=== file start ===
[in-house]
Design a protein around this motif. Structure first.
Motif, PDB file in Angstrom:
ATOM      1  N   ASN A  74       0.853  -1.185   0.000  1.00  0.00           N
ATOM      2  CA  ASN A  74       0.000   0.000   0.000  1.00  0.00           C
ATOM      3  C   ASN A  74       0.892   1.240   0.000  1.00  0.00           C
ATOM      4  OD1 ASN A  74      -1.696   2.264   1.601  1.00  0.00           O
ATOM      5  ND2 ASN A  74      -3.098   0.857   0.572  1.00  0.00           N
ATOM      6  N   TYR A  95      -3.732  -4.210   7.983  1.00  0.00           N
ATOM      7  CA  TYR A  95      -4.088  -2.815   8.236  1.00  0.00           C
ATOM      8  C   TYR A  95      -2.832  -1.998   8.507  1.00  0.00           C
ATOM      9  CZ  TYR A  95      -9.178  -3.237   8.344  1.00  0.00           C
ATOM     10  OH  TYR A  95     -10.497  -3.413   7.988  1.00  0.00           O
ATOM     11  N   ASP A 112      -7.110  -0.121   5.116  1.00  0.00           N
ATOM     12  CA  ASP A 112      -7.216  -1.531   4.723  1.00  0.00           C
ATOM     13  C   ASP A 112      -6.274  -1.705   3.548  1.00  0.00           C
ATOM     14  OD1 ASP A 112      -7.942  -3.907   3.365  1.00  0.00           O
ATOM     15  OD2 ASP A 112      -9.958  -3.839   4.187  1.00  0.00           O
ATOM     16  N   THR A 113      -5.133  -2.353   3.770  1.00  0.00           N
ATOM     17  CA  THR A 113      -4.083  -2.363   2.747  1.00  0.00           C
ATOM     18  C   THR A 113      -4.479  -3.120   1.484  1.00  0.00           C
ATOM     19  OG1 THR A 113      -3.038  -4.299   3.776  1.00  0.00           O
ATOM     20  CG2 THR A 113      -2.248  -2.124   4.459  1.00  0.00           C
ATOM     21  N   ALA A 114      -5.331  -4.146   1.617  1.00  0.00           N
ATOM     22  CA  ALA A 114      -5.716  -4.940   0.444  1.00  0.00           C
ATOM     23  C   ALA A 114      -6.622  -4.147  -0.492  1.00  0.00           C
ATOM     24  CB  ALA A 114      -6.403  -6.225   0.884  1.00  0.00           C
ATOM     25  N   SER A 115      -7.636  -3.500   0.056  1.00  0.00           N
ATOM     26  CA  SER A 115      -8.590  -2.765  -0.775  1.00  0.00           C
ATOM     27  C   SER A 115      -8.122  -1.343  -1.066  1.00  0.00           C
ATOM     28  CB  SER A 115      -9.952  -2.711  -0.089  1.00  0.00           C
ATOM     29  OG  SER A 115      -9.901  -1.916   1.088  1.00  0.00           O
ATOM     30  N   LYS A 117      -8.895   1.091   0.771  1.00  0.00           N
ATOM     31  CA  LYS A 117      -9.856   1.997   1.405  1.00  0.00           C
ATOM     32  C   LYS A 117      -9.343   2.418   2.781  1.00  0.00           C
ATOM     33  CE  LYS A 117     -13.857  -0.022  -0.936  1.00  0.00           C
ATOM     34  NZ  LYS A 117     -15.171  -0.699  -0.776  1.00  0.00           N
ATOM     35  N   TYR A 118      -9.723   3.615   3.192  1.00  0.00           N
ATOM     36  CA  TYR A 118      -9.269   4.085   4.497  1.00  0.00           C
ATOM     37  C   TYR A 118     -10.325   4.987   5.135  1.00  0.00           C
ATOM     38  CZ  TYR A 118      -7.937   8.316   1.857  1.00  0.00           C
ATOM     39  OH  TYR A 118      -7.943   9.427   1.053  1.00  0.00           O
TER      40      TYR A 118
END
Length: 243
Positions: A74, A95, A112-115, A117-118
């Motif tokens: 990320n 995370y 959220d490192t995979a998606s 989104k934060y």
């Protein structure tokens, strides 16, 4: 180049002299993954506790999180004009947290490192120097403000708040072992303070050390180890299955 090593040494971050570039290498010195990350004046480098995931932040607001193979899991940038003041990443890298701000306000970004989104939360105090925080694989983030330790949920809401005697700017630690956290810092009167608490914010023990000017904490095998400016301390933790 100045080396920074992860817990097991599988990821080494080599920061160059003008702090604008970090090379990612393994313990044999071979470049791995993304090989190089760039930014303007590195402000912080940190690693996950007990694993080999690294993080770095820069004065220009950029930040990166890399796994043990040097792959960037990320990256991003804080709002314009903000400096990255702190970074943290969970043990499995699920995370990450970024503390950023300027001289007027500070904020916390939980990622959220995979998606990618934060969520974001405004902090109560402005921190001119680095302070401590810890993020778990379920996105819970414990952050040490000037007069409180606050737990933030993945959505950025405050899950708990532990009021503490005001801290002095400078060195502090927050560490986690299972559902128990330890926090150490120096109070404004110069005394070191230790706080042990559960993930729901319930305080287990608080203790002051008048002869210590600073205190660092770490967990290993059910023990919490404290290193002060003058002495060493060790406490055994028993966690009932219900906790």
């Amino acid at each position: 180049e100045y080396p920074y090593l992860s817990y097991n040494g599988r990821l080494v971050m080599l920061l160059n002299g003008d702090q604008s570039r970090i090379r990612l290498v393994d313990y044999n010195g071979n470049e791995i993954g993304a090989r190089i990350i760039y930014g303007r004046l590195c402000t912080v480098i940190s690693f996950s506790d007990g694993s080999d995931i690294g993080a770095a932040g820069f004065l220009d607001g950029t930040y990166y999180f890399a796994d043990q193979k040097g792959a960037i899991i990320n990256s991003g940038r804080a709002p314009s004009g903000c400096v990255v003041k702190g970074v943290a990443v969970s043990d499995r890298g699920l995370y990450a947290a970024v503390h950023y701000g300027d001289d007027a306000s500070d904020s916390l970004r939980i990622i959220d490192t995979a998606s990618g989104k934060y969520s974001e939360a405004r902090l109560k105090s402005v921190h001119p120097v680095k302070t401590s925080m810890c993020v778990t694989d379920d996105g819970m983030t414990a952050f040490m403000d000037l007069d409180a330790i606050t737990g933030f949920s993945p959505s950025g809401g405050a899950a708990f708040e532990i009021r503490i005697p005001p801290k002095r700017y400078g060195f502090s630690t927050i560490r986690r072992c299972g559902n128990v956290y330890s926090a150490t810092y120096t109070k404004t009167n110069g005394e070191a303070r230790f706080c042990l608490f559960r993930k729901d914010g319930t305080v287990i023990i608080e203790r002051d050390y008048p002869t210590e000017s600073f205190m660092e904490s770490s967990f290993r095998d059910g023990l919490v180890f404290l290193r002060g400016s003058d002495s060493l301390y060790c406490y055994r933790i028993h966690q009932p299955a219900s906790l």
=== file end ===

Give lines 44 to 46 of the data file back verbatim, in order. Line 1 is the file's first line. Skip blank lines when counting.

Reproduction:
END
Length: 243
Positions: A74, A95, A112-115, A117-118